65 and older and Remarriage
Of those aged 65 to 74 in 2003, 63 percent were living with a spouse and 23 percent were living alone. As age increases, so does the proportion living alone. Among those aged 85 and older, 27 percent lived with their spouse, while 48 percent lived alone. Older men are more likely to be living in a family than older women.

Although men and women follow similar marriage patterns during the early and middle ages, their marital patterns diverge as age increases. In 2003, 41.1 percent of women aged 65 and older were married, compared with 71.2 percent of men in the same age group. Among those 75 and older, men were more than twice as likely as women to be married (67.2 percent and 28.7 percent, respectively).

Much of this difference can be attributed to the different widowhood rates of men and women; at ages 65 and older, women were 3 times as likely as men to be widowed (44.3 percent and 14.3 percent, respectively). At age 75 and older, the corresponding figures are 59.2 percent and 21.6 percent, respectively.

This gap has been narrowing due to improved life expectancy. There are three factors in play here. One is lower life expectancy for men. The second is that women tend to marry older men and the third is remarriage.

Population living alone

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Men historically have higher rates of remarriage after widowhood than women. In 1990, 2 per 1,000 widowed women aged 65 and older remarried, compared with 14 per 1,000 widowed men. Therefore, on average, women spend more of their later years as widows.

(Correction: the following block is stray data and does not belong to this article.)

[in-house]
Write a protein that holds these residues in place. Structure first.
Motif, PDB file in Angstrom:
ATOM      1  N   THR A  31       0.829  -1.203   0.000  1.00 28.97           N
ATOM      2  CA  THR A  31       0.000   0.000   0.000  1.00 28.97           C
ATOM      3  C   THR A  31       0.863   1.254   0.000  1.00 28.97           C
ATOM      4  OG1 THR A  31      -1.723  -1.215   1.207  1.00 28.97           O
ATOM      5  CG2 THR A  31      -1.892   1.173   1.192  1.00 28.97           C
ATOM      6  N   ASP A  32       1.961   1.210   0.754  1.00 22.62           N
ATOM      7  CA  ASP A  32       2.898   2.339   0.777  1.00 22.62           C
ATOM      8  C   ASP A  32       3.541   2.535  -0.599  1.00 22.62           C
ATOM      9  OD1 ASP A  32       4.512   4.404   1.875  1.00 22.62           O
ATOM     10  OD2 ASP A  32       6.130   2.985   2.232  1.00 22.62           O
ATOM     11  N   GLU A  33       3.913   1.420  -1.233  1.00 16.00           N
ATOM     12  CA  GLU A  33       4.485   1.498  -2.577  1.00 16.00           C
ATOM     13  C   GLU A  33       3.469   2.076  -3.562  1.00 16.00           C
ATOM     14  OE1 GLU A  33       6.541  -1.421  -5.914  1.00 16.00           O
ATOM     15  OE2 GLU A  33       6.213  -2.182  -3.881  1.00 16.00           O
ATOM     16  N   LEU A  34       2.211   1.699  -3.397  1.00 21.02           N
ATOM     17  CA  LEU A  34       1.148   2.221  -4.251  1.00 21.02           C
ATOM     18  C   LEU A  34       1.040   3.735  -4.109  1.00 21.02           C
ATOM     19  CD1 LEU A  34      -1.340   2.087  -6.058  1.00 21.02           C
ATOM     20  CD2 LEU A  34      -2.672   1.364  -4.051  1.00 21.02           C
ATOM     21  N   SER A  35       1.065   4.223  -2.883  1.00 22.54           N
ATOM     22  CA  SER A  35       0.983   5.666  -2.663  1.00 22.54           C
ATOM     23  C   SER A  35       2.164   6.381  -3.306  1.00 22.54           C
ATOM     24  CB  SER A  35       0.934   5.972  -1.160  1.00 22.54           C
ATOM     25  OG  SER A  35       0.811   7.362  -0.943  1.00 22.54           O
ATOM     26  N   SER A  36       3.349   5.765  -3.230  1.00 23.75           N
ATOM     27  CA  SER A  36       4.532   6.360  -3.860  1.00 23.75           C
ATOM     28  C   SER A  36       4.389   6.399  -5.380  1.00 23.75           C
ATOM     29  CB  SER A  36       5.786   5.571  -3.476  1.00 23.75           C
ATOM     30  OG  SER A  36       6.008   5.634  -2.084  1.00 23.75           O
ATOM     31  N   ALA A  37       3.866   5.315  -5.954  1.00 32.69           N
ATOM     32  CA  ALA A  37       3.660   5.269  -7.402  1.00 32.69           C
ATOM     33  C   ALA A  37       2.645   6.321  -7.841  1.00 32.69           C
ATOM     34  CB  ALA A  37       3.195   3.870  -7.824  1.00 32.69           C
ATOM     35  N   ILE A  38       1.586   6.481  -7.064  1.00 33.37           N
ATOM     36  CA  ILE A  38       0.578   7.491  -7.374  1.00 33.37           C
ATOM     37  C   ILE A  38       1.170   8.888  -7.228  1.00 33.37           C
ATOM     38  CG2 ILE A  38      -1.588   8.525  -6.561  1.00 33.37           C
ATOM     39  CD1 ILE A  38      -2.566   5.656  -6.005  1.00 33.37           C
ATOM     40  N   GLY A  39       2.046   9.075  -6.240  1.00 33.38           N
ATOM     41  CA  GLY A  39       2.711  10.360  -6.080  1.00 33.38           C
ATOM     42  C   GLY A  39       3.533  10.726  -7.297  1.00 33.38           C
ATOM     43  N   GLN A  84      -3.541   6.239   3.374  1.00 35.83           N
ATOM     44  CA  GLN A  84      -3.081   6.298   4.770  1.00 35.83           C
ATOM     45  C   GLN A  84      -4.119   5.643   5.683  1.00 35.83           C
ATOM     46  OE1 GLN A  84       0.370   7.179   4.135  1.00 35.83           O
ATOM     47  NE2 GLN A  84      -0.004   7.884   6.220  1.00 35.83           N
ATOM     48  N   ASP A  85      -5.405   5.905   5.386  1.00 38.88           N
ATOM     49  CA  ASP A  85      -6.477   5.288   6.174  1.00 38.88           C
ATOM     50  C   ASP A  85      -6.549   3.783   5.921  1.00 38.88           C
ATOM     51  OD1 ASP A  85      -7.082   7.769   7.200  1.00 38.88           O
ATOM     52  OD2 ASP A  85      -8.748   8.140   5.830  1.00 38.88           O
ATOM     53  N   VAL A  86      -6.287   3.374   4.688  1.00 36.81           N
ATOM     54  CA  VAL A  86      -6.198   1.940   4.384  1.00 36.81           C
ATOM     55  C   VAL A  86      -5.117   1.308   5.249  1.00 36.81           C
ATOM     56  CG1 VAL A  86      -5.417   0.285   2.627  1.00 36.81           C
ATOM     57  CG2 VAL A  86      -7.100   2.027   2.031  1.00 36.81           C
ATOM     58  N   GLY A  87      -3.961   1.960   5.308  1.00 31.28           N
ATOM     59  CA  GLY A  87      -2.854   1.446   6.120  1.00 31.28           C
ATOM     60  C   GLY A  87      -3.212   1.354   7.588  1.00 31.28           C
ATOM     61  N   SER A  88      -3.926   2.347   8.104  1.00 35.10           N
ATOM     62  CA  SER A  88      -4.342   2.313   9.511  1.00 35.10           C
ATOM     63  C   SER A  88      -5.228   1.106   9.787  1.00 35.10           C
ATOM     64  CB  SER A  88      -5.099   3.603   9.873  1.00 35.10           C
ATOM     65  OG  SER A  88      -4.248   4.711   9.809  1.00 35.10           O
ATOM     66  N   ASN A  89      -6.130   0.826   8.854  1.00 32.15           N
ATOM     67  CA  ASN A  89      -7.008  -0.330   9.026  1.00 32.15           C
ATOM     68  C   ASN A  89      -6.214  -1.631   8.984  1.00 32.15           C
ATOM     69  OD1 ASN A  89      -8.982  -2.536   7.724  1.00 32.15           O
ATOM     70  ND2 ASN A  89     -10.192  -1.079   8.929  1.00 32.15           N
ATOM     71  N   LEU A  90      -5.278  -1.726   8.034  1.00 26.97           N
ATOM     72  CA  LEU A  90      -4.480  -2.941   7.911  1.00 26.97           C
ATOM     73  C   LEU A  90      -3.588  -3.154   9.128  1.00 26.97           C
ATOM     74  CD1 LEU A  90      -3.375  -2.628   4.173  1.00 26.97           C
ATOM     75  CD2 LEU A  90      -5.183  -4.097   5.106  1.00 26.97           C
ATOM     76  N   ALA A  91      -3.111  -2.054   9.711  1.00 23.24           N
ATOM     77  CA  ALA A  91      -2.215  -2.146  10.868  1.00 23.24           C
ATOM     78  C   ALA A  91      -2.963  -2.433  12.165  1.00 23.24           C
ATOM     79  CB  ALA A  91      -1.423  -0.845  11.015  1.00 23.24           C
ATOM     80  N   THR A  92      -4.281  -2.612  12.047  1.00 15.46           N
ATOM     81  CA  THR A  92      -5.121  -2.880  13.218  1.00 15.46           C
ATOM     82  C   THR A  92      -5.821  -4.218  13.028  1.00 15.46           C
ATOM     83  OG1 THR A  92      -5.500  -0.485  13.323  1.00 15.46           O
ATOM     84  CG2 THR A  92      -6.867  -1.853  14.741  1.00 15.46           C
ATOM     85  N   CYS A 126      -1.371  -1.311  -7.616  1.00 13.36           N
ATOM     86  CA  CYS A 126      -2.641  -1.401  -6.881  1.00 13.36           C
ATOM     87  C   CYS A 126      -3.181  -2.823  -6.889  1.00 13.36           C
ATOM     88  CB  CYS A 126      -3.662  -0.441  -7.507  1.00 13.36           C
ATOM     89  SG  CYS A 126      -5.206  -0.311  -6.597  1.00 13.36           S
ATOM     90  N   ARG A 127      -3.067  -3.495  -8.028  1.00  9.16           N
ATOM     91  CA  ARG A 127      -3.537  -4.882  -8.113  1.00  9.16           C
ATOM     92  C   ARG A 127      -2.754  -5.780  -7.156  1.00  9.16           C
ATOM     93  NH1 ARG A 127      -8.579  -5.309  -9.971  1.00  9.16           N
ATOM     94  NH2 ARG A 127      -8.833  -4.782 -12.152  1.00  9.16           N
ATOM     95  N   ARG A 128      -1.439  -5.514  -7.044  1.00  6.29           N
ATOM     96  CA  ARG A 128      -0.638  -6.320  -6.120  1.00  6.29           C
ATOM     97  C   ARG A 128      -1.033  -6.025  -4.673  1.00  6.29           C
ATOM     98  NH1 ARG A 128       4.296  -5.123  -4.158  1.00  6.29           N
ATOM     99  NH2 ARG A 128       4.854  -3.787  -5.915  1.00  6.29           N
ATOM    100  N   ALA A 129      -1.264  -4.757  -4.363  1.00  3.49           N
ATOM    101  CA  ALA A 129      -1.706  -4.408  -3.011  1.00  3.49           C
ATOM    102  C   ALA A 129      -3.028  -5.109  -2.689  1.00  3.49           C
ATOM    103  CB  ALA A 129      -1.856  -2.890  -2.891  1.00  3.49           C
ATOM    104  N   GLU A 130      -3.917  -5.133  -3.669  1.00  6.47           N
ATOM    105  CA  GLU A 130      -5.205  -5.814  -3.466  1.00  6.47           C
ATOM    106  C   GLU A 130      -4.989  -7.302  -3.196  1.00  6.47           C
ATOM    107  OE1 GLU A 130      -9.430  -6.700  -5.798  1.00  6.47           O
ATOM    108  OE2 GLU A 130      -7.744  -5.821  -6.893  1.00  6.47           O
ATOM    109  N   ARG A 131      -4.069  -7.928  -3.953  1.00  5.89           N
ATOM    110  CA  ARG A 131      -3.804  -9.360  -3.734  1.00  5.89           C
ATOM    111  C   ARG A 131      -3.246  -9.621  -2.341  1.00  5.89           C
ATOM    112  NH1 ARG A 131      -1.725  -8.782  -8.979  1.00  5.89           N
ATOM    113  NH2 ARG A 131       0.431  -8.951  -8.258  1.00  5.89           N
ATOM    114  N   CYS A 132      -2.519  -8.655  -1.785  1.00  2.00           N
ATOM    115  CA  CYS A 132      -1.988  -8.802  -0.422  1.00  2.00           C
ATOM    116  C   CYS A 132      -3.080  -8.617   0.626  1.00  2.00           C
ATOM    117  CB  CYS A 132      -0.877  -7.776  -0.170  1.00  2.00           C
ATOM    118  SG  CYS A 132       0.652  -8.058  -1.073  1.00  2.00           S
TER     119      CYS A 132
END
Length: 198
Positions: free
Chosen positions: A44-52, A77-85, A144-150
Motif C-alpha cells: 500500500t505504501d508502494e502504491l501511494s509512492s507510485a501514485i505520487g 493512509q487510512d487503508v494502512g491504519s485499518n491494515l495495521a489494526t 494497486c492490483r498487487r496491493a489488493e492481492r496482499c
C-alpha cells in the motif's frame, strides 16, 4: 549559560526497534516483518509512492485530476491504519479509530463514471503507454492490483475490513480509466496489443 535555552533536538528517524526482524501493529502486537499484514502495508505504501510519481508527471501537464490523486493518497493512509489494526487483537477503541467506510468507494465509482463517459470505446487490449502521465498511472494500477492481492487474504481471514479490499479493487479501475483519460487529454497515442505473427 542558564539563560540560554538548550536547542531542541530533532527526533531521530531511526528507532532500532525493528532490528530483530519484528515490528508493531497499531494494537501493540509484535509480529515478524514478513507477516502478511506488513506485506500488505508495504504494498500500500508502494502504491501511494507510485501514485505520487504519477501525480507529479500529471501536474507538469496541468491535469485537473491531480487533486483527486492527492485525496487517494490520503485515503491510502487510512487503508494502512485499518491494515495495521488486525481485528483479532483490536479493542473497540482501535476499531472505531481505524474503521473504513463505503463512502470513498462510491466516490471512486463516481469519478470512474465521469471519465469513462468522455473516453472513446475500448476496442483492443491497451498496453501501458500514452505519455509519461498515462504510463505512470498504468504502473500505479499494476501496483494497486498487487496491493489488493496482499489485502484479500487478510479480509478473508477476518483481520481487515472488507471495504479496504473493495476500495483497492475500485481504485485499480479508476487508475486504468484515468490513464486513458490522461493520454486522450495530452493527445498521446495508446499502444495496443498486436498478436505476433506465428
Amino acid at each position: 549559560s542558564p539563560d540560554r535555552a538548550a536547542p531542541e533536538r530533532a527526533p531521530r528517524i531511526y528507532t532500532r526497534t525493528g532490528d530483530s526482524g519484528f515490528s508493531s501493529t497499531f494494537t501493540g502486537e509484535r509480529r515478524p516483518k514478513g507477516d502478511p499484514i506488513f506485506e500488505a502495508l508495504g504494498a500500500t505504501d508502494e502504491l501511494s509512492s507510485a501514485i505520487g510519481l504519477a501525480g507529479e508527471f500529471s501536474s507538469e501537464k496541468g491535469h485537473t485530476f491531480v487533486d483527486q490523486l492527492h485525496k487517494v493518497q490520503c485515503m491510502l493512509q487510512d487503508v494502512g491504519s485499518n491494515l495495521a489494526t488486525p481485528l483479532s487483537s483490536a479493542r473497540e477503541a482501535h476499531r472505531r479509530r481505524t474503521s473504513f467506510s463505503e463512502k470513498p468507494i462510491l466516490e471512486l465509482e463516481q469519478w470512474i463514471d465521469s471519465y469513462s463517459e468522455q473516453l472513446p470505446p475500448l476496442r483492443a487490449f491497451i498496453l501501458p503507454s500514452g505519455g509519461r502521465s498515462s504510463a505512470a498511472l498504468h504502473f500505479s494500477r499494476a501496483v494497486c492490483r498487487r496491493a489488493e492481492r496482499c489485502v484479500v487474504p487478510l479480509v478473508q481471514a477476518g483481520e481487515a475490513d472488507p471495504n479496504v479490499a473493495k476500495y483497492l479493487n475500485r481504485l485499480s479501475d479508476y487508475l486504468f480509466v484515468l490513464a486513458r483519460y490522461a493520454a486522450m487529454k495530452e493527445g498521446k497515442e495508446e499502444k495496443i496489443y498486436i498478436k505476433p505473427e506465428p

Divorce continues to be relatively infrequent among the older population. The estimated number of divorces among people aged 65 and
older in 1990 was about 10,000 for men and 5,000 for women, and the annual divorce rate during the 1970-to-1990 period remained
constant at about 2 per 1,000 married older people

In 2003, 7.0 percent of older men and 8.6 percent of older women were divorced and had not remarried. For divorced women, the probability of remarriage after age 45 is less than 5 percent

In 1990, 30 of 1,000 divorced women aged 45 to 64 remarried during the year, a decrease from 45 per 1,000 in 1960. A comparable proportionate decline is seen for remarriage among women aged 65 and older; 4 per 1,000 divorced older women remarried during 1990, compared with 9 per 1,000 in 1960. Divorced men, on the other hand, were more likely to remarry, although they also experienced declines in remarriage rates.

In 1990, 67 per 1,000 divorced men aged 45 to 64 remarried, a decrease from 97 per 1,000 in 1960. In 1990, 19 per 1,000 divorced
men aged 65 and older remarried, compared with 30 per 1,000 in 1960

Source: 65+ in the United States: 2005 National Institute on Aging (NIA), a component of the National Institutes of Health

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